6. Ask teams to share calendars
Encourage all team members to make their calendars viewable to each other throughout the day. This keeps everyone transparent and open about when they can meet with one another. Communicate that open spaces on each other's calendars can indicate that they're available to speak with others regarding the project. This invites employees to visit each other and check in with questions, ask for feedback, or brainstorm ideas about the project. When team members would rather focus on tasks and are unavailable to meet, they can communicate this on their calendars.
7. Request feedback and apply updates accordingly
As you implement project collaboration efforts, continue to analyze and review their effectiveness. Determine which parts of the process employees are performing productively and efficiently and which areas they can improve. Ask team members to evaluate the process and suggest ways to enhance collaboration to drive results and make the experience more beneficial for them. This effort shows that you care about their opinions and aim to make the collaboration process smooth, efficient, and enjoyable for employees. Consistently re-evaluate the process to make regular changes and updates to enhance efficiencies.
Types of collaboration skills
Collaboration is only possible if you have a wide range of abilities. Here are some of the several types of collaborative skills that may be essential to work well with others:
One of the most critical aspects of effective teamwork is good communication. You can divide communication abilities into four categories:
Active listening: Communication is more than simply talking, it's also about listening to comprehend the thoughts and opinions of others. You're listening actively if you're paying attention to what the other person is saying.
Written communication: If you work remotely, you may do a lot of writing. Even if you work in an office, you may spend a significant amount of time e-mailing your colleagues, customers, or other departments.
Verbal communication: In most industries, good verbal communication abilities are essential. You may be continuously attending meetings, talking on the phone, or interacting with your colleagues.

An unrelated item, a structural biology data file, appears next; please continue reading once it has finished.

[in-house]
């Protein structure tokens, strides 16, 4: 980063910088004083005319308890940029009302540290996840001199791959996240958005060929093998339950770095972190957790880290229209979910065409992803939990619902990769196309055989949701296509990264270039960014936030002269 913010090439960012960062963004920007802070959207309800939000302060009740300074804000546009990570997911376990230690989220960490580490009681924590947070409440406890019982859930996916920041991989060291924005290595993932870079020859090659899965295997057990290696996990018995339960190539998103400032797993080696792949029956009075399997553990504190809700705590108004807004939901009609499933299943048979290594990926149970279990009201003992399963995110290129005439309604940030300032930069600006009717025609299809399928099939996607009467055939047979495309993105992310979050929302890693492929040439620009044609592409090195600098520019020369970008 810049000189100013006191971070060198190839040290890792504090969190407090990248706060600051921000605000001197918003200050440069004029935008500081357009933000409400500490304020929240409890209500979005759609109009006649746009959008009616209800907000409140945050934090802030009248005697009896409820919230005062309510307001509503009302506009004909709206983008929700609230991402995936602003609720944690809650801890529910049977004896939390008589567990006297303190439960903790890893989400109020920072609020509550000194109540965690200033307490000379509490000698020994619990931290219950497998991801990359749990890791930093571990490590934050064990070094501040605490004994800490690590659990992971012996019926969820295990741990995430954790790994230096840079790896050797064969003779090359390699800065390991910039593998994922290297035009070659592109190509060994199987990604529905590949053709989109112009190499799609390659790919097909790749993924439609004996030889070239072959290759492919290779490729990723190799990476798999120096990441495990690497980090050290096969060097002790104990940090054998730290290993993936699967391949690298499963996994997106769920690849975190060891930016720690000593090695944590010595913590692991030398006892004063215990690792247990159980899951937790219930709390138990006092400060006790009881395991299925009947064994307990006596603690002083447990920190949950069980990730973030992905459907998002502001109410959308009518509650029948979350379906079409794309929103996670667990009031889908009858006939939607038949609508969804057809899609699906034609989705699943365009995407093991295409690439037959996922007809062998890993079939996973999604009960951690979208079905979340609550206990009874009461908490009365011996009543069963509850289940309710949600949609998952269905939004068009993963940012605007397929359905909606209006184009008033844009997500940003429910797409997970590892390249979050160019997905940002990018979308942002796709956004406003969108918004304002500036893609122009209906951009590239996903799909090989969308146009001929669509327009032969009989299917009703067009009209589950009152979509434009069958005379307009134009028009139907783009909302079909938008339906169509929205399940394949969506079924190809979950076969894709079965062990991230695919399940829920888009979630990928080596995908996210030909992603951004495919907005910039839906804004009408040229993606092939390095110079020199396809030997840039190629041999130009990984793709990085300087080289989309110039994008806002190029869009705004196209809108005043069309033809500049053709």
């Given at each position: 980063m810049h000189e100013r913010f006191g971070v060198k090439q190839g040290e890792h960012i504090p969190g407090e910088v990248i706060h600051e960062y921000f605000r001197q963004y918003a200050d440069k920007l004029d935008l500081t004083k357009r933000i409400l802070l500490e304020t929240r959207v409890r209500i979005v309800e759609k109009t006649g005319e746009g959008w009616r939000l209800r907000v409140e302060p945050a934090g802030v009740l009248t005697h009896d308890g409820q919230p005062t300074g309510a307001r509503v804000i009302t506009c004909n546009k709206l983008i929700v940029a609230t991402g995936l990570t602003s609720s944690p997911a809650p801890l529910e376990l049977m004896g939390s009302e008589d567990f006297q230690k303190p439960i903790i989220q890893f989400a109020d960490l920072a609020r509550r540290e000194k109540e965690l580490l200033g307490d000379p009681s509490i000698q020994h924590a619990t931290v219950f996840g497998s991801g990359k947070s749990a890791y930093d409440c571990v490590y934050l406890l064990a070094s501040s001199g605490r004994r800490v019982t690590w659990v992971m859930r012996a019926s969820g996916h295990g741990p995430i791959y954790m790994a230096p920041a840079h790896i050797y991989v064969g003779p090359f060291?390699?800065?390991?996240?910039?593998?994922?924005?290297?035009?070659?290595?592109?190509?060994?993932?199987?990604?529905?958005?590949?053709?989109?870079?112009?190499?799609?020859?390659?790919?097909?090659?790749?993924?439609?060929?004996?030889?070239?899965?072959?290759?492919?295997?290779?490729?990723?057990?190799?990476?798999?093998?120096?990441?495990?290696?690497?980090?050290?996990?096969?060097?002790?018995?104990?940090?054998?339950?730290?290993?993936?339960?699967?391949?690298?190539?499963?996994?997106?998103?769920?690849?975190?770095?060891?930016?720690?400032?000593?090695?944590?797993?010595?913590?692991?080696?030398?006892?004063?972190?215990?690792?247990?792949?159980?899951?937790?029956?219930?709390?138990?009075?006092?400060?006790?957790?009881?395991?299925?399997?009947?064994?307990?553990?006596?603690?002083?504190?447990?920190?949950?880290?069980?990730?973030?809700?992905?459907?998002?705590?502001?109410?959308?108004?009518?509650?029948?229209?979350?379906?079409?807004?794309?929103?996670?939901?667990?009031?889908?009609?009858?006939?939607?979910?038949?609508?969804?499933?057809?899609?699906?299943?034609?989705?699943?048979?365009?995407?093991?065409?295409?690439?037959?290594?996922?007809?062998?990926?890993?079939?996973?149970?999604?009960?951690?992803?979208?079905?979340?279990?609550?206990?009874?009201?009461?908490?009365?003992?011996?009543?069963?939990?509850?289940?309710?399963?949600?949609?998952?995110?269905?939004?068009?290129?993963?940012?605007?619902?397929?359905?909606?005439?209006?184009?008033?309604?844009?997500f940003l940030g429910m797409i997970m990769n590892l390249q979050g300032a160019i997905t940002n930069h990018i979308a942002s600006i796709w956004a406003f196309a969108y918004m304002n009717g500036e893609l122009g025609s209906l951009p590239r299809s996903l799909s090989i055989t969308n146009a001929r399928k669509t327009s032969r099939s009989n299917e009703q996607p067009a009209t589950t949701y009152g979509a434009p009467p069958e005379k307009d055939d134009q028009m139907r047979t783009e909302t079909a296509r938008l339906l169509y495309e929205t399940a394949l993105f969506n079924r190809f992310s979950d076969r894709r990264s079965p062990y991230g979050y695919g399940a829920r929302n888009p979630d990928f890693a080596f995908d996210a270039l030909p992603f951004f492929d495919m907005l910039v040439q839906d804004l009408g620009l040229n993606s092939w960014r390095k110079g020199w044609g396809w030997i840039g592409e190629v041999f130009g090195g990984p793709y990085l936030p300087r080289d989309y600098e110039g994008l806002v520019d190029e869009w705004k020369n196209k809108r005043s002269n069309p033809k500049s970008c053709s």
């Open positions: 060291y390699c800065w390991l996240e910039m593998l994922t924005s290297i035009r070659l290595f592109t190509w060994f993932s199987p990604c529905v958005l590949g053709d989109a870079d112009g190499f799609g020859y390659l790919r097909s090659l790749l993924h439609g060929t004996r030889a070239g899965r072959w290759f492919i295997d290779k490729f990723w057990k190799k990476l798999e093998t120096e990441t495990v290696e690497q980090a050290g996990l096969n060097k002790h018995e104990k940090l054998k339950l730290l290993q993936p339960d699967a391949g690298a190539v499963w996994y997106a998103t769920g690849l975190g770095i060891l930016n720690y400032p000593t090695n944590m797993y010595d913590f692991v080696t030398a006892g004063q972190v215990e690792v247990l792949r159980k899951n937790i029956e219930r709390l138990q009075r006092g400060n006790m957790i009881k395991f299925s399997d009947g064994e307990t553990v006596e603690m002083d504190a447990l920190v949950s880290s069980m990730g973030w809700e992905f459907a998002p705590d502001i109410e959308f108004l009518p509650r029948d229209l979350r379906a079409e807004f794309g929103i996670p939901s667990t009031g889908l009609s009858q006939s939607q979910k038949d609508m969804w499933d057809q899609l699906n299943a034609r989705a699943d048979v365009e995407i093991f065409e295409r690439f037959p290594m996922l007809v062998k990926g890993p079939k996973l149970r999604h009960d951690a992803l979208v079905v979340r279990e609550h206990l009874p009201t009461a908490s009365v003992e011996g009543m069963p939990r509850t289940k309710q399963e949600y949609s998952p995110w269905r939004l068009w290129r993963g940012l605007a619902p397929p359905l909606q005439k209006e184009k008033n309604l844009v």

Nonverbal communication: Your body language, tone of voice, facial expressions, and gestures are all examples of nonverbal communication. It's possible that your nonverbal communication contradicts what you're saying.
Communication skills are an aspect of interpersonal skills, but the wider definition relates to your capacity to engage with others and form strong bonds with them. Some examples of interpersonal skills are:
Positivity: Staying optimistic is a good approach to forming connections with others. It demonstrates that you possess a positive mindset and an eagerness to assist your team in achieving its objectives.
Teamwork: Teamwork is an important interpersonal skill. Being able to work well with a group entails being able to collaborate well with them.
Respect: Many workplaces employ people with a variety of experiences and backgrounds, therefore respect is essential. Respect your coworkers by listening to them, learning about their backgrounds and experiences, and putting their ideas into action.
Emotional intelligence is the capacity to regulate how you recognize and express your emotions. It also refers to your ability to detect and respond to the emotions of others. This is an important collaboration skill since it can enable you to act professionally and respectfully regardless of how you or your team members are feeling.
Accepting more responsibility at work indicates your willingness to take on new tasks. It also implies the ability to take on more critical, high-stakes projects. It's critical in the teamwork dynamic that all parties involved understand the work they're responsible for and attempt to finish it on time and to the desired standard. They can work together toward a common objective if the entire team works correctly and takes responsibility for their tasks.
It's critical to enhance your capacity to be aware of the team dynamic at all times when working in a group. For example, if one person dominates the conversation or refuses to let others offer their thoughts, it's important to restore balance so that each member contributes equally. Alternatively, if one teammate is timid or unwilling to share ideas, it's vital to provide a safe environment for all teammates to contribute their unique skills and abilities.